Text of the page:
In general seatbelt systems for vehicles, a webbing for fastening the body of an occupant is wound up into a retractor, and this involves the problem that a resilient member for winding up the webbing causes the occupant to feel pressure from the webbing.

To solve such problem, there have heretofore been proposed various webbing wind-up force limiting apparatuses designed to prevent the webbing wind-up force from acting on the webbing when the occupant has it fastened, or to reduce the webbing wind-up force when the occupant is in a webbing fastened condition.

This type of webbing wind-up force limiting apparatus is generally arranged such that a pair of webbing take-up resilient members are connected together through a gear wheel, and after the occupant has fastened the webbing, a pawl is engaged with the gear wheel to lock the latter from rotating, and the biasing force from one resilient member alone is transmitted to the webbing (see, for example, Japanese Utility Model No. 129653/1984).

However, the webbing wind-up force limiting apparatus of the type described above suffers from the following problems. When the occupant unfastens the webbing and the gear wheel is allowed to rotate, a relatively strong biasing force is transmitted from one resilient member to the other, causing the gear wheel to rotate rapidly, and as the resilient member which has a relatively strong biasing force is rapidly unwound, the resilient member which has a relatively weak biasing force is rapidly rewound, and this leads to generation of noise.

A seat belt retaining and winding device for overcoming such problems has been proposed in U.S. Pat. No. 4,162,772. However, the device has a complicated structure, which results in increase in manufacturing cost and manufacturing steps.

SUMMARY OF THE INVENTION

In view of the above-described circumstances, it is an object of the present invention to provide a webbing wind-up force limiting apparatus which has a simplified structure but in which the gear wheel is prevented from rotating rapidly when it is unlocked, thereby enabling prevention of generation of noise.

To this end, the present invention provides a webbing wind-up force limiting apparatus for use in a seatbelt system for a vehicle designed to restrain the body of an occupant in an emergency situation of the vehicle, comprising: a pair of webbing take-up resilient members for biasing a take-up shaft for winding up an occupant restraining webbing in a direction in which the webbing is rewound; a gear wheel interposed between the pair of webbing take-up resilient members; a rotary member rotated together with the gear wheel and enlarged in diameter when the gear wheel rotates in the webbing rewinding direction; an inertia member causing the diameter of the rotary member to be enlarged when the gear wheel rotates in the webbing rewinding direction; and resistance applying means coming into contact with the rotary member when its diameter is enlarged to apply resistance to the rotation of the gear wheel.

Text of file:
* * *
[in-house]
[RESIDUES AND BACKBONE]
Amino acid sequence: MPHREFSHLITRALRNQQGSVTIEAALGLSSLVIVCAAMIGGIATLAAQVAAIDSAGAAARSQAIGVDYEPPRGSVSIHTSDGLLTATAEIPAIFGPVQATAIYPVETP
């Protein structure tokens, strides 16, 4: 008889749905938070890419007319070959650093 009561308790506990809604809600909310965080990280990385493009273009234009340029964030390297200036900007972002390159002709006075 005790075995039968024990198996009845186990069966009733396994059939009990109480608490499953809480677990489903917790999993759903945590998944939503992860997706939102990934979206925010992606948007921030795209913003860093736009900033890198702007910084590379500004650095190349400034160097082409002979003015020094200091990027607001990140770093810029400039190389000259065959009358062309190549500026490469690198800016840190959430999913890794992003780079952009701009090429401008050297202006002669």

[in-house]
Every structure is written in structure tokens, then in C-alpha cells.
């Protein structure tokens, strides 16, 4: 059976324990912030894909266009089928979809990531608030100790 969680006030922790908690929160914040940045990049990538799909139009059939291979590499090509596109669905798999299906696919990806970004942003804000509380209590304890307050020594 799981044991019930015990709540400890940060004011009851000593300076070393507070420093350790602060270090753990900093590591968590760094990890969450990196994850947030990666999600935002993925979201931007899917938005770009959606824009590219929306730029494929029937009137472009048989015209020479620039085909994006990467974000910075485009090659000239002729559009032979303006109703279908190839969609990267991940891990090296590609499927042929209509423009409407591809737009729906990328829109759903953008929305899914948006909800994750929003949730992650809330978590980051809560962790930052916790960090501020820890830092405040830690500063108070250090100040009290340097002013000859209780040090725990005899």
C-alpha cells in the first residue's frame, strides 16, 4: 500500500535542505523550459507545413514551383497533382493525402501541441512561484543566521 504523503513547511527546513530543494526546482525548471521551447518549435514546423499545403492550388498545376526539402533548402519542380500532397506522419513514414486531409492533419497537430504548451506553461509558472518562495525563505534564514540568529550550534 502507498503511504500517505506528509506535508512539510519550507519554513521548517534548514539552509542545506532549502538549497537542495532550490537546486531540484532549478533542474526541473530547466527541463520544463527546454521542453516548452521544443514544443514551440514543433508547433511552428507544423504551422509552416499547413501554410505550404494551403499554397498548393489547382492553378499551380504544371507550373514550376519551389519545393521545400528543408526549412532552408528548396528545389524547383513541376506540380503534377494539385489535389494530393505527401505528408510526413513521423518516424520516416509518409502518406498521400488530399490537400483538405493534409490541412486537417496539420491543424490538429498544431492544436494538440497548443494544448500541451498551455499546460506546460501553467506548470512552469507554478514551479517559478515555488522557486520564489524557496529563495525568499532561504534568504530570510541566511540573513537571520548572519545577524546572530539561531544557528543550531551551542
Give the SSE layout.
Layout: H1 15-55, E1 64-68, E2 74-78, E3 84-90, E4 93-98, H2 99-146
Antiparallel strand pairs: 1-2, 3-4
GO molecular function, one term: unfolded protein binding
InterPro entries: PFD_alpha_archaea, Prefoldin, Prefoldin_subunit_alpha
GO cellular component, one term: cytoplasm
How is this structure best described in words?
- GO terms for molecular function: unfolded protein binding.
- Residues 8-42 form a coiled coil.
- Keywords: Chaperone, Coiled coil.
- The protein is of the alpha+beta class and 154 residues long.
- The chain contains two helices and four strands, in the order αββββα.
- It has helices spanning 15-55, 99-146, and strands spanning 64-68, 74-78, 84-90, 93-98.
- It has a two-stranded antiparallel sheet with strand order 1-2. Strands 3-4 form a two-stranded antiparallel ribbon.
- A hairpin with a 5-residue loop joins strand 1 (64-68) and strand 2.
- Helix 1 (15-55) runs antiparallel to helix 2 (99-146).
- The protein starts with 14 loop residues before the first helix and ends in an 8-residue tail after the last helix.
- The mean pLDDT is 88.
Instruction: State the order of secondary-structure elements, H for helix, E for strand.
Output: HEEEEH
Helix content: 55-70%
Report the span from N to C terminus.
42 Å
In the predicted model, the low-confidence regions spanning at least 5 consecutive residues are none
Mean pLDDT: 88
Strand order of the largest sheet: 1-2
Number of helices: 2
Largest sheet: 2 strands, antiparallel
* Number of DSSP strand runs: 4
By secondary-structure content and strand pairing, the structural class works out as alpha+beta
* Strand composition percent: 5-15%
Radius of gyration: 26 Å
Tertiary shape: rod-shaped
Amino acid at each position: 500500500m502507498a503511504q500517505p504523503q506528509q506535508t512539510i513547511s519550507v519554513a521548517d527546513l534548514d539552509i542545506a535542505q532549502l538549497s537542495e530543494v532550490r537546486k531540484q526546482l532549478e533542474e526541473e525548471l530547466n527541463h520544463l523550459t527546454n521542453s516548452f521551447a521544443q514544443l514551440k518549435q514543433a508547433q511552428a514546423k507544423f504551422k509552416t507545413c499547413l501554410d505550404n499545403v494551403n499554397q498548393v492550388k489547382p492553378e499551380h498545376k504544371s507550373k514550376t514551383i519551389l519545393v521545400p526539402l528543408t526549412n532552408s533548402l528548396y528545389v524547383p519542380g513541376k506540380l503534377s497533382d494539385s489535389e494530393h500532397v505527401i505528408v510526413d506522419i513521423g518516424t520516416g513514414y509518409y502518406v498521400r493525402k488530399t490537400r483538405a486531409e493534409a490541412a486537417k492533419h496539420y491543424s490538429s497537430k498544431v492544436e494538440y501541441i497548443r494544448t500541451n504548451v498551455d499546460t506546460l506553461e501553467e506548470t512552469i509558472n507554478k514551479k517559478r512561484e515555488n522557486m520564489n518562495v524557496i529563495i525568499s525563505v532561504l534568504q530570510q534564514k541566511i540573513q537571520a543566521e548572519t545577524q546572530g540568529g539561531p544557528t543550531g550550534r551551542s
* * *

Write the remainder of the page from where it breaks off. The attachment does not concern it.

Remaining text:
By virtue of the above-described arrangement, when the occupant unfastens the webbing and the gear wheel is thereby allowed to rotate and consequently one resilient member is rewound by means of the biasing force from the other resilient member, the gear wheel is locked from rotating rapidly, and there is therefore no fear of noise being generated.

The above and other objects, features and advantages of the present invention will become more apparent from the following description of the preferred embodiments thereof, taken in conjunction with the accompanying drawings.

BRIEF DESCRIPTION OF THE DRAWINGS

FIG. 1 is a side view of one embodiment of the webbing wind-up force limiting apparatus according to the present invention;

FIG. 2 is a sectional view taken along the line II--II in FIG. 1;

FIG. 3 is an exploded perspective view of the first embodiment;

FIG. 4 shows an essential part of the first embodiment, which is employed to describe the operation thereof;

FIG. 5 is a side view of a second embodiment of the present invention, which corresponds to FIG. 1;

FIG. 6 is an exploded perspective view of the second embodiment;

FIG. 7 is a side view of a third embodiment of the present invention, which corresponds to FIG. 1; and

FIG. 8 is an exploded perspective view of the third embodiment.

DESCRIPTION OF THE PREFERRED EMBODIMENTS

FIGS. 1 to 4 show in combination one embodiment of the present invention in which the invention is applied to a webbing retractor.

A frame 10 is secured to a vehicle body B. A pair of parallel leg plates 12 and 14 project from two sides, respectively, of the frame 10, and a take-up shaft 16 is rotatably supported by the leg plates 12 and 14. One end of a webbing 18 is wound up in layers on the central portion of the take-up shaft 16. A tongue plate (not shown) is supported by the other end of the webbing 18. By engaging this tongue plate with a buckle device secured to the vehicle body B, the occupant can be fastened with the intermediate portion of the webbing 18.

The retractor incorporates an inertia type lock mechanism 19 for stopping the take-up shaft 16 from rotating in a direction in which the webbing 18 is unwound when an emergency situation of the vehicle occurs, the lock mechanism 19 being provided on the outer side of the leg plate 14.

One end portion of the take-up shaft 16 projects from the leg plate 12, and the inner end of a relatively small spiral spring 20 is retained by the projecting end portion of the take-up shaft 16. The outer end of the spring 20 is retained by the inner periphery of a tubular portion 22A of a gear wheel 22 which is coaxially and rotatably supported by the take-up shaft 16.